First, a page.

"So, it's a very tough sell to go to them... these donors have made it very clear to us, as far as CDB is concerned, it can't be business as usual," added the CDB vice-president.

It has been suggested that a major shortcoming of the poverty alleviation measures implemented by Caribbean countries is the fact that they generally lack production components. The upshot is that the social safety nets are being widened, but persons are rarely being lifted out of poverty.

This is a clear case in Jamaica where despite a 75 per cent and a 130 per cent increase in expenditure for the Programme of Advancement Through Health and Education (PATH) and the School Feeding Programme respectively, over the last three years, the latest JSLC shows that many more Jamaicans are living below the poverty line. Jamaican's Prime Minister Bruce Golding acknowledged that the programmes, created specifically to assist the poor, needed to be reviewed in order to improve the income-earning capability of the beneficiaries.

"I am still not satisfied that the resources are being utilised to achieve their maximum outcome," Golding said during the launch of the latest JSLC in November.

Smith told the Business Observer after last week's discussions that the CDB has noticed the inefficiency of some of the poverty measures and the organisation is in fact looking to implement a productive component in its flagship poverty reduction project — the Basic Needs Trust Fund.

"We have debated in CDB whether the approach to the Basic Needs Trust Fund - which is grant funding - should have a productive component, and we have now introduced, admittedly a very small component, which is geared towards income-generating projects in communities," noted Smith.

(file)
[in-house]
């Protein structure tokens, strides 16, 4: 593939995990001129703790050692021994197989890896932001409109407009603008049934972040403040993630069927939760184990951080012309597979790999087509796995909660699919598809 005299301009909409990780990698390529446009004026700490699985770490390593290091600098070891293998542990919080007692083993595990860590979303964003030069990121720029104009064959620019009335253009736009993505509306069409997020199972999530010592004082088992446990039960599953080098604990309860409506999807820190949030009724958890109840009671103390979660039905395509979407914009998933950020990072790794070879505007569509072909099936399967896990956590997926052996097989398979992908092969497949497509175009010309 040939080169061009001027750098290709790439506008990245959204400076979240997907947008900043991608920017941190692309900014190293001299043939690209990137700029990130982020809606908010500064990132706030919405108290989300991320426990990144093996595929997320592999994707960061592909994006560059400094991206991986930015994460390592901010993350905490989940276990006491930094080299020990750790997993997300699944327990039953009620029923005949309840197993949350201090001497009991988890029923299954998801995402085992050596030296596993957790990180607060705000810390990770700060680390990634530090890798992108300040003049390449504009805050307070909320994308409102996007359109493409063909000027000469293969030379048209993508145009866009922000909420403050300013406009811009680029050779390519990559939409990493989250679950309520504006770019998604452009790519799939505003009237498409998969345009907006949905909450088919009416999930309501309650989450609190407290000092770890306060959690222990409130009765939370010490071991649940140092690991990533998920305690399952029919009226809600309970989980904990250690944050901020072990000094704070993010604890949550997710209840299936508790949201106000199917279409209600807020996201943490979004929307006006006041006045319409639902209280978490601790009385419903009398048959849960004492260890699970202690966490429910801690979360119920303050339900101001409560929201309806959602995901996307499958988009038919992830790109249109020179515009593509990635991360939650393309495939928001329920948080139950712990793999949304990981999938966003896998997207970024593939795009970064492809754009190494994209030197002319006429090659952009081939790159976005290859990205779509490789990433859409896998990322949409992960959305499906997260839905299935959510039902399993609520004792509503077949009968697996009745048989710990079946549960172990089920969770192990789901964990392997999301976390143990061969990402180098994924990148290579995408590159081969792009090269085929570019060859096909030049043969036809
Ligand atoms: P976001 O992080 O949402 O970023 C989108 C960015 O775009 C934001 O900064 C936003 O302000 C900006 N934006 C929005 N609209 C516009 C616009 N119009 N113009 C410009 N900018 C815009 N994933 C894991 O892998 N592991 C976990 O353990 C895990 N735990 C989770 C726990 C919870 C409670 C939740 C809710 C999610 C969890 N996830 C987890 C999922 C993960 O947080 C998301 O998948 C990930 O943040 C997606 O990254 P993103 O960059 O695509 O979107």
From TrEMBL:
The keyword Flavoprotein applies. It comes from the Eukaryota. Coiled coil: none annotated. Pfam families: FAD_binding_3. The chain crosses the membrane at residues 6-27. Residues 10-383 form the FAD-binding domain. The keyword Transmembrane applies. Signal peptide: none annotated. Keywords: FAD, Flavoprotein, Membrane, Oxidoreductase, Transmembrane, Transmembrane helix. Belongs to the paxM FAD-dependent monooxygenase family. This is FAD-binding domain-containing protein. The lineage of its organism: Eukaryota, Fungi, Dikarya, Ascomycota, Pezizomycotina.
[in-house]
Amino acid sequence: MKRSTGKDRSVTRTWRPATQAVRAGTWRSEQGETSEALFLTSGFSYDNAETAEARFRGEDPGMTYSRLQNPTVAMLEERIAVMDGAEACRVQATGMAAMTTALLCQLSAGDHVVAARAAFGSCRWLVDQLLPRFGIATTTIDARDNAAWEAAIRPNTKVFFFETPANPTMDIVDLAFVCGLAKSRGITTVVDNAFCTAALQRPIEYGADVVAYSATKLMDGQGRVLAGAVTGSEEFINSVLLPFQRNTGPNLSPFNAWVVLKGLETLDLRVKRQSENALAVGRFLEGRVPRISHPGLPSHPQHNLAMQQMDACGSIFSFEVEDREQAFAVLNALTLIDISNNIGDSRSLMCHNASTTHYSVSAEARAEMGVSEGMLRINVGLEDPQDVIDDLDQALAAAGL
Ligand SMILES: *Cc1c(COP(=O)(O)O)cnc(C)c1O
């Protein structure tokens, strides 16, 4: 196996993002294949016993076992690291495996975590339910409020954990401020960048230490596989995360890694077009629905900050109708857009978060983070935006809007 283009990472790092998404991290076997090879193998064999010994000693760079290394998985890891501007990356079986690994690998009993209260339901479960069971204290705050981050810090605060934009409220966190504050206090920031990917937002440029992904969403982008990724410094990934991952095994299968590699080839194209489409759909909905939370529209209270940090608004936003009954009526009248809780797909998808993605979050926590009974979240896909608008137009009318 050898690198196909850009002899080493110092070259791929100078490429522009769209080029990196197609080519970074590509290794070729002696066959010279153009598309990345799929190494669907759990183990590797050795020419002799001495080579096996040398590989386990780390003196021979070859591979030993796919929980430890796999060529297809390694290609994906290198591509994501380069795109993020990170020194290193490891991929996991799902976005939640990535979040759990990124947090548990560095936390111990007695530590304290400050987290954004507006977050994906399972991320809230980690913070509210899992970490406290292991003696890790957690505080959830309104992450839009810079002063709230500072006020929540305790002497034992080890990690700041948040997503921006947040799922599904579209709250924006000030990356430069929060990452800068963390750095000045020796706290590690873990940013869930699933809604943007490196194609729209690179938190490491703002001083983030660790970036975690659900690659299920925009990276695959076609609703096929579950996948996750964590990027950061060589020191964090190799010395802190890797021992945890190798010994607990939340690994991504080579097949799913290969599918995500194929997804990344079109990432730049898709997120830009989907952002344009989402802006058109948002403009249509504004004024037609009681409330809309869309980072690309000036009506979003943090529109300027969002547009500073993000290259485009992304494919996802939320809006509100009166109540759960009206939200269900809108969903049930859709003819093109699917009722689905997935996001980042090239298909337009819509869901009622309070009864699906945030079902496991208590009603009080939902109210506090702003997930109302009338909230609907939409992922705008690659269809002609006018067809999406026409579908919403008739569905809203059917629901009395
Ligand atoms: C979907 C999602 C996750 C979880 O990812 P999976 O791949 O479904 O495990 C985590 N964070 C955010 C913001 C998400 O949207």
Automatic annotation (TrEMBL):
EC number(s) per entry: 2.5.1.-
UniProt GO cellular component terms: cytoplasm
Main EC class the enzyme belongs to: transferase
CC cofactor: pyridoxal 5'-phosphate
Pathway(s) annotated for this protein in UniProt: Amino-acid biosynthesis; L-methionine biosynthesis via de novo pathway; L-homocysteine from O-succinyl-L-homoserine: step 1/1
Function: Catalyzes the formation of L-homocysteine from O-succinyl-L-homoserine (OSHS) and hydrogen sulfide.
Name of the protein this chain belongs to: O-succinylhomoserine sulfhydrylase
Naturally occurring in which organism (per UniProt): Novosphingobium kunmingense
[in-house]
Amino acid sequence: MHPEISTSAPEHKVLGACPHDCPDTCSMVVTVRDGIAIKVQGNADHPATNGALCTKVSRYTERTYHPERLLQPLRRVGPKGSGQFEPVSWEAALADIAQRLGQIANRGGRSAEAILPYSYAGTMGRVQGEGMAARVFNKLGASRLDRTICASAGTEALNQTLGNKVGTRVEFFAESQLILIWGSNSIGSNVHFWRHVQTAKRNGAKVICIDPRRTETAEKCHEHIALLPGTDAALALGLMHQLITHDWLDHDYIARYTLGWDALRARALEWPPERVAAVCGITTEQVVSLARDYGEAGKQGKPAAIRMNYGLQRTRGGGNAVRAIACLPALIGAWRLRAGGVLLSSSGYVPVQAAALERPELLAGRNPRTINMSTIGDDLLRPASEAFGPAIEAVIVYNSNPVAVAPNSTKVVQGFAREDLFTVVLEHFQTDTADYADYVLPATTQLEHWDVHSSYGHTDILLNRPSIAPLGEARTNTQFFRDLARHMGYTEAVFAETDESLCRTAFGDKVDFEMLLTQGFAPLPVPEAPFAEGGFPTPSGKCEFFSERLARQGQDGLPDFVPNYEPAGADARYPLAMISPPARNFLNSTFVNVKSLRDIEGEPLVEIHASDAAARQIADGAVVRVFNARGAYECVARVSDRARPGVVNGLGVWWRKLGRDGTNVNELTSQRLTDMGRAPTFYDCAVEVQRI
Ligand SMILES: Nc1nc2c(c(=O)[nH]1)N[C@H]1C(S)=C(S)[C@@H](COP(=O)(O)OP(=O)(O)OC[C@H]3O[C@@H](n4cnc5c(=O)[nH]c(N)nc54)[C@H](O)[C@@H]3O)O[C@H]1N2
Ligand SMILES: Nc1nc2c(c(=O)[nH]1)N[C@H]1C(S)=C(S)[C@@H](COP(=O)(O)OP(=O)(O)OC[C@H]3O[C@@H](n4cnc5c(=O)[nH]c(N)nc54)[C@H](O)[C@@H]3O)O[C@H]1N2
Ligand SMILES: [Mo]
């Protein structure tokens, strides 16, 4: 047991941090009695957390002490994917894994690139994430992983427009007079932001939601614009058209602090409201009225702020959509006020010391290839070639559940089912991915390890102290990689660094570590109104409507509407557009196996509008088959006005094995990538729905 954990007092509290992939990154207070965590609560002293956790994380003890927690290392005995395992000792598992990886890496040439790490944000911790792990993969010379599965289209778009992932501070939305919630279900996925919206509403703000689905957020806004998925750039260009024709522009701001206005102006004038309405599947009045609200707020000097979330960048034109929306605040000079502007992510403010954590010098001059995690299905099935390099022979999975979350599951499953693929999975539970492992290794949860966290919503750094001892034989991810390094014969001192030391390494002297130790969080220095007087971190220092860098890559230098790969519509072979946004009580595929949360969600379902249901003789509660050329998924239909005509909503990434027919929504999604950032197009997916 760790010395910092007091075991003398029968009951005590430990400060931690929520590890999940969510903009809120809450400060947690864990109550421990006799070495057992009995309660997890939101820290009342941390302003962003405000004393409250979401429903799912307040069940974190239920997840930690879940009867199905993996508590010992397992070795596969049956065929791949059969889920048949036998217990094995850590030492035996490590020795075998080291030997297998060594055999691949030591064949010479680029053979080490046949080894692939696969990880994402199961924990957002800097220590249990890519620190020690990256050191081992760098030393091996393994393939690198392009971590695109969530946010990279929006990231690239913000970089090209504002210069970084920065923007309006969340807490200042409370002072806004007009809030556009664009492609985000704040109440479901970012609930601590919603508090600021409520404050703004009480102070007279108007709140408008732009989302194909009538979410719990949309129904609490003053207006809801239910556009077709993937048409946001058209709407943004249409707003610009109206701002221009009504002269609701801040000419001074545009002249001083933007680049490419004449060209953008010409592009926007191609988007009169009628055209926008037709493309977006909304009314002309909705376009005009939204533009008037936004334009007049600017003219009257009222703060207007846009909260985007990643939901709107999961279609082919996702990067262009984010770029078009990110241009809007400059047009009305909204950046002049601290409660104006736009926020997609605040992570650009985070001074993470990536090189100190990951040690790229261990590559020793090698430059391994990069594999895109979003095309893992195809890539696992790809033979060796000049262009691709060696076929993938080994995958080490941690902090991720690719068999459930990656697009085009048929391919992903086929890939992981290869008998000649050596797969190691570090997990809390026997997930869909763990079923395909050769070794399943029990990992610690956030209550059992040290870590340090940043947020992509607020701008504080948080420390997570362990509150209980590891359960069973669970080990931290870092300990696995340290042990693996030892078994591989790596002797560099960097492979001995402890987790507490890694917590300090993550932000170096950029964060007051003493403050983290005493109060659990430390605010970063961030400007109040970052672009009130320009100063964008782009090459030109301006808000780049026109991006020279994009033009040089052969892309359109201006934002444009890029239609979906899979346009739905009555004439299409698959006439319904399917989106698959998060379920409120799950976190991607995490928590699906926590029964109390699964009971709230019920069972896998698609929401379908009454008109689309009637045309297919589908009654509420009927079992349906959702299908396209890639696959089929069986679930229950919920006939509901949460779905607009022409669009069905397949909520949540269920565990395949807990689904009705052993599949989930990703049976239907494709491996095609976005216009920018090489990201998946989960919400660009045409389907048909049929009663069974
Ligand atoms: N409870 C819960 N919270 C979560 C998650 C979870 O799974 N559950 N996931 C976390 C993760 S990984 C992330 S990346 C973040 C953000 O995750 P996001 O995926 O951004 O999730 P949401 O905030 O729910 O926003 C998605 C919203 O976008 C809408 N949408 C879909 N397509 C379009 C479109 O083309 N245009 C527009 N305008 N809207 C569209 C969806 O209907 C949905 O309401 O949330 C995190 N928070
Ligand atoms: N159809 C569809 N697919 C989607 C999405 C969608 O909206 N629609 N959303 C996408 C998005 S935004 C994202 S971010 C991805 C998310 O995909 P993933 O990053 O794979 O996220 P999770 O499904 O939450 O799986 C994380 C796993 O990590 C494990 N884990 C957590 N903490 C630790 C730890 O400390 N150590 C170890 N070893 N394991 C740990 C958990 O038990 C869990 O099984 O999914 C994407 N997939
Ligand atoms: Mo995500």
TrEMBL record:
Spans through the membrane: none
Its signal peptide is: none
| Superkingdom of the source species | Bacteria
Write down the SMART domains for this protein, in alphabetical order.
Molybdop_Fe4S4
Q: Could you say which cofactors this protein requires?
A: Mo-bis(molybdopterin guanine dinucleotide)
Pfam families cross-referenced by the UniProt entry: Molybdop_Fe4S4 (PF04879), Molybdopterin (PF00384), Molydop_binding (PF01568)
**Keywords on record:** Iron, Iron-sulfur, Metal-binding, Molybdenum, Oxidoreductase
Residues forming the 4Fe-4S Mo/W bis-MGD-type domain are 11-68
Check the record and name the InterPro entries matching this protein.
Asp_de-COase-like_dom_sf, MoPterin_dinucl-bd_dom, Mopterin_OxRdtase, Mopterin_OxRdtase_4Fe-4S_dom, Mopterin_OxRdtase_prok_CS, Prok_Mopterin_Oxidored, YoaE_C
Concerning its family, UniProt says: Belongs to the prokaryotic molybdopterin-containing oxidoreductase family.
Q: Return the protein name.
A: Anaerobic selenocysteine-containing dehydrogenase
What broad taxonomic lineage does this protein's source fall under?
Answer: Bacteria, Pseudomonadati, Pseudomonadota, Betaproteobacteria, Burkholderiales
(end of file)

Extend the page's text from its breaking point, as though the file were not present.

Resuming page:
The primary focus of the Basic Needs Trust Fund has traditionally been on small infrastructure projects — health centres, community centres, roads, etc — which are geared towards improving the lives of those who live in poor communities.

"My own view is that, especially in rural communities, there is the possibility of using more modern approaches to agriculture for example, to have communities work on a cooperative basis to produce goods that are assailable, have a market, and have the upstream connection that will allow them to not only produce, but also to store and market their goods... The advantage of this is that it does increase income into those communities so it doesn't become an ongoing welfare type of intervention," said Smith.

However, at the end of the day, Smith that the most critical driver of poverty reduction is whether Caribbean countries create the conditions for producing relatively sound and sustainable economic growth going forward.

"Specifically to Jamaica, I think a big part of the problem has to do with the fact that for the last 30 years, it has significantly underperformed in terms of economic growth, so it has been difficult for it to be able to make the type of dramatic reductions in poverty that are required for social peace and stability," the soon-to-be CDB head explained.